Easy expansion, lower costs and cloud-like internal services are common themes in storage today, and startup Coho Data is playing all three with a "micro-array" architecture that it's introducing on Tuesday.
Enterprises will be able to combine Coho's micro-arrays in a grid to form huge storage systems with capacities reaching up into the petabytes. Users will be able to tap into that capacity as if they are signing up for more storage on a public cloud, without worrying about what storage hardware makes up the underlying system, the company says. Coho will showcase the system this week at Storage Networking World, where backup veteran Sepaton will also unveil a new architecture designed to scale out to multiple nodes.
The heart of the Coho DataStream architecture is the company's software, which lets it take full advantage of fast PCIe and Ethernet interfaces without bottlenecks, according to Coho. The company first planned to sell its technology as pure software but found through pilot projects that enterprises didn't trust a storage platform that didn't come with its own hardware, Coho Co-Founder and CTO Andy Warfield said.
So Coho combined flash devices, hard disks, CPU sockets and network interface cards in rack-mounted boxes. It links multiple micro-arrays together logically through a software-defined networking switch. "We get the hardware that lets us build that balanced trio of resources as densely as we can," Warfield said. The hardware components can come from various sources, which may change over time.
"We're a software company," Warfield said. "We're packaging on top of commodity hardware that will follow the commodity performance curve." Meanwhile, the software will also continue to evolve, bringing customers new capabilities, he said. Coho still plans to have a software-only product some day.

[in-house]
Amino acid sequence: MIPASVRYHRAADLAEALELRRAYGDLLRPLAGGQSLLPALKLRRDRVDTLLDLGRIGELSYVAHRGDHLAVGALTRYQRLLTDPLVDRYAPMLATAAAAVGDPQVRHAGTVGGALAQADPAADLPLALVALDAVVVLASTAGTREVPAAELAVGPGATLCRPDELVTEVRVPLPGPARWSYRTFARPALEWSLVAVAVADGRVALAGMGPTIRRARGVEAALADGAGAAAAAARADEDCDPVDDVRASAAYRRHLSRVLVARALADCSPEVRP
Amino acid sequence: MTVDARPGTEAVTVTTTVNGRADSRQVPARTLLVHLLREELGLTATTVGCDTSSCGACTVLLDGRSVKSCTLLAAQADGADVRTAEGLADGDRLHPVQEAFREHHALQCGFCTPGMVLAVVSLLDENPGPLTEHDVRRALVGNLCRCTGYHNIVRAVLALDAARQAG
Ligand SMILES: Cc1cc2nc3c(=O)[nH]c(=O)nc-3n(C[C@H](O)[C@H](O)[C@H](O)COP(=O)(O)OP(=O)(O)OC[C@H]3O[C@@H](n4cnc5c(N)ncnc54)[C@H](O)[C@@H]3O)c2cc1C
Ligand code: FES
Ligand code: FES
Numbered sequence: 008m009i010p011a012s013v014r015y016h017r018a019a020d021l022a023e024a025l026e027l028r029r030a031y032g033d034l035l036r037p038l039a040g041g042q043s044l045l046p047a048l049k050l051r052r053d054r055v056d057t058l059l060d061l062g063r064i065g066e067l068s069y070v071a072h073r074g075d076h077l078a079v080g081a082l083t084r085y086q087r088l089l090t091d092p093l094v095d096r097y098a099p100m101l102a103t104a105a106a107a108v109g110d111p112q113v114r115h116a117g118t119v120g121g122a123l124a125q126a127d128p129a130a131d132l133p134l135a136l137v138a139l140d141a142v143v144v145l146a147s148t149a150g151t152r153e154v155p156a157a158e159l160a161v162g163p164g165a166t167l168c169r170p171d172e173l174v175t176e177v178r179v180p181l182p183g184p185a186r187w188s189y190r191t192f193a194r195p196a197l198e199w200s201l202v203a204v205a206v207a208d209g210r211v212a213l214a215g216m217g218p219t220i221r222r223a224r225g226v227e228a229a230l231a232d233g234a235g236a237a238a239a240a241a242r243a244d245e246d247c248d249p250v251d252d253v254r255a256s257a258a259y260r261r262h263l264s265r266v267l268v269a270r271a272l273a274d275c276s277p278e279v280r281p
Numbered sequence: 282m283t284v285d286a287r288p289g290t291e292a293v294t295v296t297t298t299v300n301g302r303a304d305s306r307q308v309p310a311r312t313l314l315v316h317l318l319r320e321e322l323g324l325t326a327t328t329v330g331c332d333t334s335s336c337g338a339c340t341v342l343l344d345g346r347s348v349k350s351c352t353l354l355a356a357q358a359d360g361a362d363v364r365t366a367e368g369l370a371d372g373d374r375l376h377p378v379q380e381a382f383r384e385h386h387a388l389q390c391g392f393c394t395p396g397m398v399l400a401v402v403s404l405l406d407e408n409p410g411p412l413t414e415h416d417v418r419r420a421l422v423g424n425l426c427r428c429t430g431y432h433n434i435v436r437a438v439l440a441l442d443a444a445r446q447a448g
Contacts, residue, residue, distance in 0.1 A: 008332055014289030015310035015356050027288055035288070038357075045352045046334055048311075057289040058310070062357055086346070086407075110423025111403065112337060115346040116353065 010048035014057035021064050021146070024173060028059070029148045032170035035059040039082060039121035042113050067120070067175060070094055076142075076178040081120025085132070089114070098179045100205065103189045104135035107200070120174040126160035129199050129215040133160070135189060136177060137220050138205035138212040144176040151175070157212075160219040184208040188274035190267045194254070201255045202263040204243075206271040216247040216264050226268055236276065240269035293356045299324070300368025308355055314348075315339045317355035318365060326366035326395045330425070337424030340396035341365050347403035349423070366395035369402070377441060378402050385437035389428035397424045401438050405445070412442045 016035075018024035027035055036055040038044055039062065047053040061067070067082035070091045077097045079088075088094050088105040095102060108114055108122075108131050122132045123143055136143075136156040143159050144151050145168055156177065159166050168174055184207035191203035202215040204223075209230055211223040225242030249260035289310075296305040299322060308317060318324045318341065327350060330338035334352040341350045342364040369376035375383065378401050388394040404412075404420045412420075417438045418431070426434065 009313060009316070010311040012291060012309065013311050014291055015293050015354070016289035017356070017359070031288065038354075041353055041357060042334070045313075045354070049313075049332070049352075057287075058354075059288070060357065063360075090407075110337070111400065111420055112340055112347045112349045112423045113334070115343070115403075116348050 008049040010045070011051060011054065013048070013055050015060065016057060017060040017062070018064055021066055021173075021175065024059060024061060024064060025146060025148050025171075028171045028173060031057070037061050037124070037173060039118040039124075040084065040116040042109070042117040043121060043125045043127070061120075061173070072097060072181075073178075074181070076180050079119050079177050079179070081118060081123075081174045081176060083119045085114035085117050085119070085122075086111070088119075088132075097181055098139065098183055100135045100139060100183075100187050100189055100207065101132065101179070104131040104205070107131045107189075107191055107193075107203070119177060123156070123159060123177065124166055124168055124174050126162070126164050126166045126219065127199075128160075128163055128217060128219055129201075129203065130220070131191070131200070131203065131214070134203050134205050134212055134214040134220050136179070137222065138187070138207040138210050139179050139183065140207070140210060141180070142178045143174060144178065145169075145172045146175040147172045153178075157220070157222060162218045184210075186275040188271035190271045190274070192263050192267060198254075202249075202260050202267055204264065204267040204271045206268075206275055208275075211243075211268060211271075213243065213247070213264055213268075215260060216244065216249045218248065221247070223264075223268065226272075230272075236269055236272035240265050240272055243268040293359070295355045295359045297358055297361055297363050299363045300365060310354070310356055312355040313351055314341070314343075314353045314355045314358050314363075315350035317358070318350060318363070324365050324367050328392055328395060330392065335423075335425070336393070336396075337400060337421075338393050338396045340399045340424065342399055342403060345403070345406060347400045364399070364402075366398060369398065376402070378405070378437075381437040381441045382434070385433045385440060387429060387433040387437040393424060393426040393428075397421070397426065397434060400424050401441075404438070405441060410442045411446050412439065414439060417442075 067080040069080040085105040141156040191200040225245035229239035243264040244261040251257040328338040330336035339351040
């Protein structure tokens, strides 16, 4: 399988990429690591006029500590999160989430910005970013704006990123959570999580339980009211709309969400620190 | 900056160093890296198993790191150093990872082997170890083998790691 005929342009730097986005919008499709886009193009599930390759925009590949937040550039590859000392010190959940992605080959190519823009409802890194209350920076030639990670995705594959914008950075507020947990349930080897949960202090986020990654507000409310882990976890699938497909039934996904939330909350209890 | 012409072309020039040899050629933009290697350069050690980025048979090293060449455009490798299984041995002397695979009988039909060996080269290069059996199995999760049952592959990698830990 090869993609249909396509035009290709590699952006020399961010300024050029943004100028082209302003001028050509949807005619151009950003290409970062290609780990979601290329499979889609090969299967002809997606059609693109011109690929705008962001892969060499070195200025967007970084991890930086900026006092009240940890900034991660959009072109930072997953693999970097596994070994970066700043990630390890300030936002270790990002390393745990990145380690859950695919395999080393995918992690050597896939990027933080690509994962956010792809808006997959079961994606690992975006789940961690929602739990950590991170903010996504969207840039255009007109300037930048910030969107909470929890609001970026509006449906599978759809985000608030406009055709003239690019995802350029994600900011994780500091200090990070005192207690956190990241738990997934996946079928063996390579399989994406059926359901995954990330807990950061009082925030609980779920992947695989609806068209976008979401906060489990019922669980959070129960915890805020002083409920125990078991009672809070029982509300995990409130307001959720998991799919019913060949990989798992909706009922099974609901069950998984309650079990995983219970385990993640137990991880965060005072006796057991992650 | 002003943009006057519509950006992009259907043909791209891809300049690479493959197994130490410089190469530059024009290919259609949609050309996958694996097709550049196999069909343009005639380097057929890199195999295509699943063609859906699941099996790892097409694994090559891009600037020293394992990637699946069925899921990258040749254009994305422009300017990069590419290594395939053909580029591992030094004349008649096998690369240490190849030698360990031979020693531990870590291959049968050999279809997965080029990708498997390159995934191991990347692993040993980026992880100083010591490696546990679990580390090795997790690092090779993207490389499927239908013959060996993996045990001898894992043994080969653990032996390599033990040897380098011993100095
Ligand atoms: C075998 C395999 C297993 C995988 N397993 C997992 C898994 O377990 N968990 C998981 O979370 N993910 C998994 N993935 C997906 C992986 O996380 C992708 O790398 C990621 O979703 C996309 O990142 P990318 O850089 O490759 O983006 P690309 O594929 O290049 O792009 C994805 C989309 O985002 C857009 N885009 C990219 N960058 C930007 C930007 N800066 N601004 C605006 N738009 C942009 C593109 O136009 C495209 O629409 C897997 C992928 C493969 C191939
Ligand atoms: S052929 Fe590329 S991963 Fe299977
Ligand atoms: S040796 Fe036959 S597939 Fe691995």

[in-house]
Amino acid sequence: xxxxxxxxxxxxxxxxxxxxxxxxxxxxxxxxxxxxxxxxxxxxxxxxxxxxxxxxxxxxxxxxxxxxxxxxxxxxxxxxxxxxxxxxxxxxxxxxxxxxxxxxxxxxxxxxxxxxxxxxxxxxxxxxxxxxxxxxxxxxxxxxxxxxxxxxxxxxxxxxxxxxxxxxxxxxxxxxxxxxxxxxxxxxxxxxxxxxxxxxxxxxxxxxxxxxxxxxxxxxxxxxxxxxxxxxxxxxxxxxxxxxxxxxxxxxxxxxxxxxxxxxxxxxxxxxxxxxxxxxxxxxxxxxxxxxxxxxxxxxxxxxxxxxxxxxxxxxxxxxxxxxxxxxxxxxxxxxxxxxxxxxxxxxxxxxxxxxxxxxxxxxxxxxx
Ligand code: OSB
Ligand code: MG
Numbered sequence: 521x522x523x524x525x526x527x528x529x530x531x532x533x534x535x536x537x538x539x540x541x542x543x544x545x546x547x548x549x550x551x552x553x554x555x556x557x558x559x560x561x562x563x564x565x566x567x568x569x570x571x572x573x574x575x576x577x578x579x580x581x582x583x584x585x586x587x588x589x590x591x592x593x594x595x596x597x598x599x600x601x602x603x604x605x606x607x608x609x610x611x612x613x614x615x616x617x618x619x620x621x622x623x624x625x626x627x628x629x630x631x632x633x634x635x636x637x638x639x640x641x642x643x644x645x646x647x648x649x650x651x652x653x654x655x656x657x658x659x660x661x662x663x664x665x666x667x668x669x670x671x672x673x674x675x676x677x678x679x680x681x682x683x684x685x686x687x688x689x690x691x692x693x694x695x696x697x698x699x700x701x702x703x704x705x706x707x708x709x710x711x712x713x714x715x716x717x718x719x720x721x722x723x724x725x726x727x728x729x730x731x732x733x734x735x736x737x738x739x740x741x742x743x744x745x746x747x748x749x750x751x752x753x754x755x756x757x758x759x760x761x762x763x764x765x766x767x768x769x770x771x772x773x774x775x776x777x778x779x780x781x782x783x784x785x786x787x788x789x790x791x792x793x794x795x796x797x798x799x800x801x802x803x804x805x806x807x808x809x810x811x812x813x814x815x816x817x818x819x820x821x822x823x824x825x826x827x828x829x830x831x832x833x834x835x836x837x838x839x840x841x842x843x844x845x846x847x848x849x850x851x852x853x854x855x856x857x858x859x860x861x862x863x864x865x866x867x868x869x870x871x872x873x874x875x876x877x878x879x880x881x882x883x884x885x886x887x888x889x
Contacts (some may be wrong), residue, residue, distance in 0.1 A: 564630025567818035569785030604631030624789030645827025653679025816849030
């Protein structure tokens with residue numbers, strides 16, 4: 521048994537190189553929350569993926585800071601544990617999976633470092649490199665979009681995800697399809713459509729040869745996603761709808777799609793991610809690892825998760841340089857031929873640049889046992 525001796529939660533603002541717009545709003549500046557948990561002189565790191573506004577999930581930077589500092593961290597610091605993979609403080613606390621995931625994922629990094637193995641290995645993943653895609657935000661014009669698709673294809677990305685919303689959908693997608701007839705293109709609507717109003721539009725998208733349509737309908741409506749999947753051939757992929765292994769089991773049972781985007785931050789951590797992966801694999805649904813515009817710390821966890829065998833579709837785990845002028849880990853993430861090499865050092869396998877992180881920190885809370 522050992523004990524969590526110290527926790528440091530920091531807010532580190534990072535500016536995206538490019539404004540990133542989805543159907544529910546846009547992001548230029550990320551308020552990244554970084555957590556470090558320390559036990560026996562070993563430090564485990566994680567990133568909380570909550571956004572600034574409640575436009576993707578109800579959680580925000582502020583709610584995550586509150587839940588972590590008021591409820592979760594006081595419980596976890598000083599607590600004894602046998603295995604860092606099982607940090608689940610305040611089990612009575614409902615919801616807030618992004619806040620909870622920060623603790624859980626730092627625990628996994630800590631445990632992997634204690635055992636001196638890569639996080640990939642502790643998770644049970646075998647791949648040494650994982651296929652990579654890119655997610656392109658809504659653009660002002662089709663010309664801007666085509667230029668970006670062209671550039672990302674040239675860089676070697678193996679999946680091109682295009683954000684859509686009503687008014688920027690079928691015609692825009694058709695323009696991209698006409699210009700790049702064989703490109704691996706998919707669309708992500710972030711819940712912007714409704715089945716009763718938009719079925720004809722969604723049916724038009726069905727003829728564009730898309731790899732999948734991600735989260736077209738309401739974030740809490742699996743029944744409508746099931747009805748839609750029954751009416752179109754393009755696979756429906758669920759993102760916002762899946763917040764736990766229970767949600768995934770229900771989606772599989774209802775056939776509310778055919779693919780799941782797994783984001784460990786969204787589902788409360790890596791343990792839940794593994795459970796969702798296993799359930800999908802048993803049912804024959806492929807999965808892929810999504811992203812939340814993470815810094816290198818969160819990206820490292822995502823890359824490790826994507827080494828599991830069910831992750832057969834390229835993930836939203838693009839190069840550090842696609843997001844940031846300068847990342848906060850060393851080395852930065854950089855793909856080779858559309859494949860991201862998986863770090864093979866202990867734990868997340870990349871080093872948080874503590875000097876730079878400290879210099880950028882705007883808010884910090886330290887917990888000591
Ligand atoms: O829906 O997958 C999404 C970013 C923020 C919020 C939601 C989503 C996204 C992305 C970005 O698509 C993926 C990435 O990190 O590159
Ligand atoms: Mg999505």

Coho's modular approach should be more economical than buying traditional arrays, said Bob Plankers, a virtualization architect at a major Midwestern university that has tested Coho's technology. The system scales up in a linear fashion, with performance keeping in step with capacity, he said.
"You're not just adding more drives, you're also adding the ability to keep up with what's using that additional capacity," Plankers said. That prevents over-investing in controllers or network components that aren't needed, he said.
Coho fits the university's plans to offer internal cloud services. A private cloud could provide better service to internal customers for the same or less money than the university spends today, with better control and visibility over costs and security, Plankers said.
The university now uses conventional storage arrays, primarily from NetApp and Hitachi Data Systems. Plankers sees Coho's micro-arrays forming a middle storage tier between his high-speed, high-availability systems at the high end and inexpensive disk-based platforms at the low end. That tier could eventually account for 80 percent of the university's storage, he said. Coho can actually match the high-end systems for speed, but replacing those platforms with the new gear would require rethinking functions such as replication, Plankers said.
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